Putting compilation albums together is not as easy as any idealist wanting to create such a thing might hope or imagine. I was involved in making a compilation lp once (in the days of Boa Records, run by my friend Gayle and I) and, much as we were proud of the finished result, the process of getting all the material from those who expressed an interest in being included was far more laborious than it should’ve been.
The other drawback of many a comp is the attitude some people have towards what they supply for such releases: “oh, this isn’t good enough for my album, it’ll do for a compilation” is an approach that detracts from the albums and, I think, doesn’t reflect well on the artists either.
With those potential pitfalls in mind, I’m pleased to say that Dreamsheep Volume One comes through the minefield with flying colours. When I noted that it was on a label being run by Valerio Cosi, I hoped this would be the case, as he’s one of the most versatile and inspired musicians I’ve come across in the last few years.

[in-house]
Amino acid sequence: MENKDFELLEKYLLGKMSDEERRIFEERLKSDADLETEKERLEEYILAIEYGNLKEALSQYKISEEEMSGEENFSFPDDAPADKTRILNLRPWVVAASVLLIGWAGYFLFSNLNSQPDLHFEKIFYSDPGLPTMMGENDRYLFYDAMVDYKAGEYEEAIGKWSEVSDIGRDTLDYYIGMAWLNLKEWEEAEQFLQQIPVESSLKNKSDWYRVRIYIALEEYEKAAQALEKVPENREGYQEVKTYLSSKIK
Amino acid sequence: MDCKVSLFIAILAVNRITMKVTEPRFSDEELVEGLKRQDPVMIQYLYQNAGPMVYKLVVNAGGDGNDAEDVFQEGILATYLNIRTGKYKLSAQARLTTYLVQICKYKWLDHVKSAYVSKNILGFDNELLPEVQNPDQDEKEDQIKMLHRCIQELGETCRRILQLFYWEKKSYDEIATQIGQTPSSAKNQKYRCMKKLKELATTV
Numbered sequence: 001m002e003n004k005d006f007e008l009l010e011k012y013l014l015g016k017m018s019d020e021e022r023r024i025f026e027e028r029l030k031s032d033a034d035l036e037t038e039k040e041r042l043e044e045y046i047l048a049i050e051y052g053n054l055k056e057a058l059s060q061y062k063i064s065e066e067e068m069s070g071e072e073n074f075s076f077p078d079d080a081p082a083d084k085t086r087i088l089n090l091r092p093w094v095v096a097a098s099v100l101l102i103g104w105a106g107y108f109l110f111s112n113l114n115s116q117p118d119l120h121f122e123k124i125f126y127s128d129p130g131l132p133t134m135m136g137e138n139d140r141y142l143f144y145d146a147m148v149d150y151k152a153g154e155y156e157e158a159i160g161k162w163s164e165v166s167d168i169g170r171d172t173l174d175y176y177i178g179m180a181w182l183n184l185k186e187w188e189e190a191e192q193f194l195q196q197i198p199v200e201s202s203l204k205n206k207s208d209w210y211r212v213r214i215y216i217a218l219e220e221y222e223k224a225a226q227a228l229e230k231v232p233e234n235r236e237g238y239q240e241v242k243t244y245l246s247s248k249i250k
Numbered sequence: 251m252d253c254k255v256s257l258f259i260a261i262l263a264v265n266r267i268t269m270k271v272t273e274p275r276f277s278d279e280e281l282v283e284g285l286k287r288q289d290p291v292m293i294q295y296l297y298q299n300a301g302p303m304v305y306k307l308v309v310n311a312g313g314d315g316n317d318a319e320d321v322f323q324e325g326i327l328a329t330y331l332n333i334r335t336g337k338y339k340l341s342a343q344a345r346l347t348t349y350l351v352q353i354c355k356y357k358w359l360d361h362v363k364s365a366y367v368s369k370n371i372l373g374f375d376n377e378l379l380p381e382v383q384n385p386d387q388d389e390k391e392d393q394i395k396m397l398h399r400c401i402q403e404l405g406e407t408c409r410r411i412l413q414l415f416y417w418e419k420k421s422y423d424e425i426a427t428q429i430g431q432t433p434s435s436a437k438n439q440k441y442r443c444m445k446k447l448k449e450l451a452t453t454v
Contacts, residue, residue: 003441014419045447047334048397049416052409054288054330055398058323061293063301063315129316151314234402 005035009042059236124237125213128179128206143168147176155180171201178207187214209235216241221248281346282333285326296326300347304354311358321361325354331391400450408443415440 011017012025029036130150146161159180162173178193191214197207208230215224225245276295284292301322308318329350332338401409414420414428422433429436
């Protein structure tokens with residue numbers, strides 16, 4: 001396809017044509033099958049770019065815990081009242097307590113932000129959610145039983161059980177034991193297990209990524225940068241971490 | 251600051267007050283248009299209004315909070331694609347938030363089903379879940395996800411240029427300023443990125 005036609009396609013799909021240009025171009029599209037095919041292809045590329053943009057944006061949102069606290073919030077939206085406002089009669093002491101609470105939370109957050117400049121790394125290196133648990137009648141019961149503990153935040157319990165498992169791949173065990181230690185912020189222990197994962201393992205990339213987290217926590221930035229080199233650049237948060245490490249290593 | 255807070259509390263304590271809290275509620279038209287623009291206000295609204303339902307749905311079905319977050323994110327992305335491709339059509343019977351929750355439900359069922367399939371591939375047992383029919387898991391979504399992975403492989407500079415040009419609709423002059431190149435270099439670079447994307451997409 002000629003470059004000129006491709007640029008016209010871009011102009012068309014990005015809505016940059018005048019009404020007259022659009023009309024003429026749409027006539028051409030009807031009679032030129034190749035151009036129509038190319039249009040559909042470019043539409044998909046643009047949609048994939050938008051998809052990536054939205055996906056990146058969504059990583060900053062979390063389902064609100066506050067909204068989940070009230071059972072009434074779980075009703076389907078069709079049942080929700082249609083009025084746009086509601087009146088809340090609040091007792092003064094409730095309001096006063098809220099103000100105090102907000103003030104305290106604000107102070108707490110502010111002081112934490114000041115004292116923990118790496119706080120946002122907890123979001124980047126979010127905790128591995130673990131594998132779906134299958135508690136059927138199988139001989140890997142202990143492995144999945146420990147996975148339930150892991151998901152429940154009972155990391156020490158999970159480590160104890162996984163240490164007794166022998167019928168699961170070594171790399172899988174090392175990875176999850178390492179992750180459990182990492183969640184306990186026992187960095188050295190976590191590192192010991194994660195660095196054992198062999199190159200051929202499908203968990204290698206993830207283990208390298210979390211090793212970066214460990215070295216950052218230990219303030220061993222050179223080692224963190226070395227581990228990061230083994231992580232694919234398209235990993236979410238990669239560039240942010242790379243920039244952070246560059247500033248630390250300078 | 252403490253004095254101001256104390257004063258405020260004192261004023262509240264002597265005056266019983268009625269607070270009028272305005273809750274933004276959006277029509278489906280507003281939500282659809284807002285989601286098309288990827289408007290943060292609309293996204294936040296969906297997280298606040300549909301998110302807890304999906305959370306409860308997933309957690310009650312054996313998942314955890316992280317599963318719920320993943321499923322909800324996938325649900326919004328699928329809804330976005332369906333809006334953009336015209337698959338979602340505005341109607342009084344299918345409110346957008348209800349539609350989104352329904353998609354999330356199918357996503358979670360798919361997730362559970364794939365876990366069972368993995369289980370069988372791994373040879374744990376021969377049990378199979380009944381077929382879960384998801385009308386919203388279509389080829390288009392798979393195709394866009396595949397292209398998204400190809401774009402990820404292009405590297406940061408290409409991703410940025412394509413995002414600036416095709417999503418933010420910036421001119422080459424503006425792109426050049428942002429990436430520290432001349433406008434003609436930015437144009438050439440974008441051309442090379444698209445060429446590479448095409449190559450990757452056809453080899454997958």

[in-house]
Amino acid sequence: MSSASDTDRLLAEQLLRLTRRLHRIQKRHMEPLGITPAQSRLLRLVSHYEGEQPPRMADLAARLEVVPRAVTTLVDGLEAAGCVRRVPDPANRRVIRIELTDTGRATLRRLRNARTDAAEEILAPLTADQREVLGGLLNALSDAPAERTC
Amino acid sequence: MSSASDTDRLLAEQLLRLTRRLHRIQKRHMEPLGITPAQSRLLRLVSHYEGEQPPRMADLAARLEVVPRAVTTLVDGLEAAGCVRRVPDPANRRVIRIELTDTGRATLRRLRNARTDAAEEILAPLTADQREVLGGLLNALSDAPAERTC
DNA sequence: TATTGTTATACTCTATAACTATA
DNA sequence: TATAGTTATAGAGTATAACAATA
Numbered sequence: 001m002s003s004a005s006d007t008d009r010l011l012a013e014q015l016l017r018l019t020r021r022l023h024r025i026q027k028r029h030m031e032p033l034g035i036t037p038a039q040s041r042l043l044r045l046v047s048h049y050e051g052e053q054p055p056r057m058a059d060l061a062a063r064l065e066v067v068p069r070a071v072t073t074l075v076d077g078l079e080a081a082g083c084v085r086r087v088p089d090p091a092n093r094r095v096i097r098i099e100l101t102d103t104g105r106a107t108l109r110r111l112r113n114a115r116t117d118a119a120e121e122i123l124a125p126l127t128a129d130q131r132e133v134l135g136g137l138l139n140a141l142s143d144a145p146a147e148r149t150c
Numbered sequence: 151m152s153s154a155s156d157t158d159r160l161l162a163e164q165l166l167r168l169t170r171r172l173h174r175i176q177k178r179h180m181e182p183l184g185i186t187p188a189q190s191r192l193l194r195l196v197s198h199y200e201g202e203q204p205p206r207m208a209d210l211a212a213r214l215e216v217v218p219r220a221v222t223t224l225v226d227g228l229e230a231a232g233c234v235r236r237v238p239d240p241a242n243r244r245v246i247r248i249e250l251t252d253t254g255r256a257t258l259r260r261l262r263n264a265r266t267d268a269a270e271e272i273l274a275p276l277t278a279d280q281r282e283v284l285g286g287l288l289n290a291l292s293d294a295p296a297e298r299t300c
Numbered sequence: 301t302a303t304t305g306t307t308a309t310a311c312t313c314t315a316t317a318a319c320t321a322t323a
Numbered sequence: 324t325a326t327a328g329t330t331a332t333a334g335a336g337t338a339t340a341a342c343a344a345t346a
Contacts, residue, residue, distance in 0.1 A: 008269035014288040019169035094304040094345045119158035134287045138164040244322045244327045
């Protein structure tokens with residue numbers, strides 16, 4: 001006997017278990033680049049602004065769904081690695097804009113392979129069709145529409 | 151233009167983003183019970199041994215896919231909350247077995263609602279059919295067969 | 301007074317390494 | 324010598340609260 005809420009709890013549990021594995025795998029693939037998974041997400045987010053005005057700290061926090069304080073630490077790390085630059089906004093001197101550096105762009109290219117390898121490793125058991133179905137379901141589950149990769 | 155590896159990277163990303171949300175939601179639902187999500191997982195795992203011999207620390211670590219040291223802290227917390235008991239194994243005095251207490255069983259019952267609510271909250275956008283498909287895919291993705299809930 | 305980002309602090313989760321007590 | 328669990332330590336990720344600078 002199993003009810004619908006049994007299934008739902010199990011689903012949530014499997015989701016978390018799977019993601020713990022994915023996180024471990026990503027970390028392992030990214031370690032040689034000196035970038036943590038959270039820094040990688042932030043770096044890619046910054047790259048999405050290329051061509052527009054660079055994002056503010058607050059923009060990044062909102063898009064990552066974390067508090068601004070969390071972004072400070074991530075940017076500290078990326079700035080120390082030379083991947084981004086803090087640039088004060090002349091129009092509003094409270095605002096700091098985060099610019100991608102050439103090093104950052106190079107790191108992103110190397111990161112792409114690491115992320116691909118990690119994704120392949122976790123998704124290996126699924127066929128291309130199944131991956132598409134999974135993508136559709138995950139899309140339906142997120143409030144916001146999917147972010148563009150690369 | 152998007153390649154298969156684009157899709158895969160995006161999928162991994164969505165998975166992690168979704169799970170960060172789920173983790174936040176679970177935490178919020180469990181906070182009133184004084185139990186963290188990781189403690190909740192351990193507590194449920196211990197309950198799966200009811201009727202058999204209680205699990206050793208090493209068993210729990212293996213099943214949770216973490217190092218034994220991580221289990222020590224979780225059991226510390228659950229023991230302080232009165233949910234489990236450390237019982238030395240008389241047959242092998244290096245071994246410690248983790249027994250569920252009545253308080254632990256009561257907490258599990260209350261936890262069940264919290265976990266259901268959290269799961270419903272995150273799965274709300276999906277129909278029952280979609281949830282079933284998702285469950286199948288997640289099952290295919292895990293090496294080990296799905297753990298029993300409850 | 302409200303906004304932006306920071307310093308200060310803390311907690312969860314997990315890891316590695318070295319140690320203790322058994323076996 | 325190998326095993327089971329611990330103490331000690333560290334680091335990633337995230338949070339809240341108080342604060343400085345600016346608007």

Dreamsheep opens with Area C’s “Sorcery”, wheezy puffs of organ, overlaid with lilting slide guitar and chiming percussion: a beautiful way to begin. Datashock take the mood to more ominous terrain, with deep bowed strings and a misty building chorus of voices and drones before Richard Skelton (a.k.a. A Broken Consort) takes the texture back to a shimmering baroque sparseness. It hardly surprises me to find Gianluca Becuzzi and Fabio Orsi on an album compiled by Valerio Cosi and their multi-layered electroacoustic “At The End Of The Summer” proves that their inclusion is no “old pals act”! Robedoor are next, with sepulchral melodies in “bottom of the well” reverb flowing neatly into The North Sea’s fine burst of rumbling analogue synth overload, then the soundstage goes acoustic again with the strings, percussion and voices of Brothers of the Occult Sisterhood fading in and fading out as we eavesdrop on their spiritual improv session. Hexlove’s rhythmically complex “Instant Whole” runs backwards, forwards and, it seems, sideways simultaneously before The Nether Dawn complete the cycle with a lovely piece which seems to sit well with the Area C track in bookending the album.
One of the things I liked best about Dreamsheep is the way the running order flows. There isn’t a duff track on it and it’s a credit to all involved. 9/10 -- John Cavanagh (1 July, 2009)